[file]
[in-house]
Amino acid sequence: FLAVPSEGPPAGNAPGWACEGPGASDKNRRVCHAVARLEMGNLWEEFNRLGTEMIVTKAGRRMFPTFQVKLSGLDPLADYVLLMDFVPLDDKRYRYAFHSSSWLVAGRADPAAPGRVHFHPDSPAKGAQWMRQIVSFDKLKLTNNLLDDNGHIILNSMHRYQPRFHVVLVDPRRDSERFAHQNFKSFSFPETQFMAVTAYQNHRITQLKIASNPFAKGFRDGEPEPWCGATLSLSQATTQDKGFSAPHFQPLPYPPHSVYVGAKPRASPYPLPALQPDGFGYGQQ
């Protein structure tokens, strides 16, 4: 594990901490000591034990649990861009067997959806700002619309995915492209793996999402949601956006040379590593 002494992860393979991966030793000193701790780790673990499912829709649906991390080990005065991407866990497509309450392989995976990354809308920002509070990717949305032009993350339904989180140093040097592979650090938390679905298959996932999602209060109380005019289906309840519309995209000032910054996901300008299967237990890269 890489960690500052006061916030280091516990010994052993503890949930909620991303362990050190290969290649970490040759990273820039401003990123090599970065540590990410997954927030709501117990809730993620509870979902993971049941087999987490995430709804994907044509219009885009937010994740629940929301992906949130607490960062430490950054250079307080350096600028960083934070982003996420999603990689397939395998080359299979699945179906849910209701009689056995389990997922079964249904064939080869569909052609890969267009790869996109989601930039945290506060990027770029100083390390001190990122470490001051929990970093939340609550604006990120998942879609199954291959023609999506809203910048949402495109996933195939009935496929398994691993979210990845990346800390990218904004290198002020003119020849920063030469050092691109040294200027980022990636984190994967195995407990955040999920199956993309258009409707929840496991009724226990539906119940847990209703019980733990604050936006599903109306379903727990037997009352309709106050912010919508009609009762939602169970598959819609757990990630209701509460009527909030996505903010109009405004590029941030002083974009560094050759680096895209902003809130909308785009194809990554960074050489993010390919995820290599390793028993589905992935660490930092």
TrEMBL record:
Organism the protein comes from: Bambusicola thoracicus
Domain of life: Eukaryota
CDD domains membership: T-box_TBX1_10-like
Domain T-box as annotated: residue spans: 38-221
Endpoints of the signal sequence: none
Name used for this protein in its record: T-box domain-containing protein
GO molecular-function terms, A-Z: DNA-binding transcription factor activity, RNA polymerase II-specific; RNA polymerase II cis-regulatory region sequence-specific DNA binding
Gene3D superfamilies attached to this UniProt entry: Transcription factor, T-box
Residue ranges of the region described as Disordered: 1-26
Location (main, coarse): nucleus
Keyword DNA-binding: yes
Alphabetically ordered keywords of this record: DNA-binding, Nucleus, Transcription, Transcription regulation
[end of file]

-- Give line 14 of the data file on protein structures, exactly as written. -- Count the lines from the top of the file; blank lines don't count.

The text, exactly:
Location (main, coarse): nucleus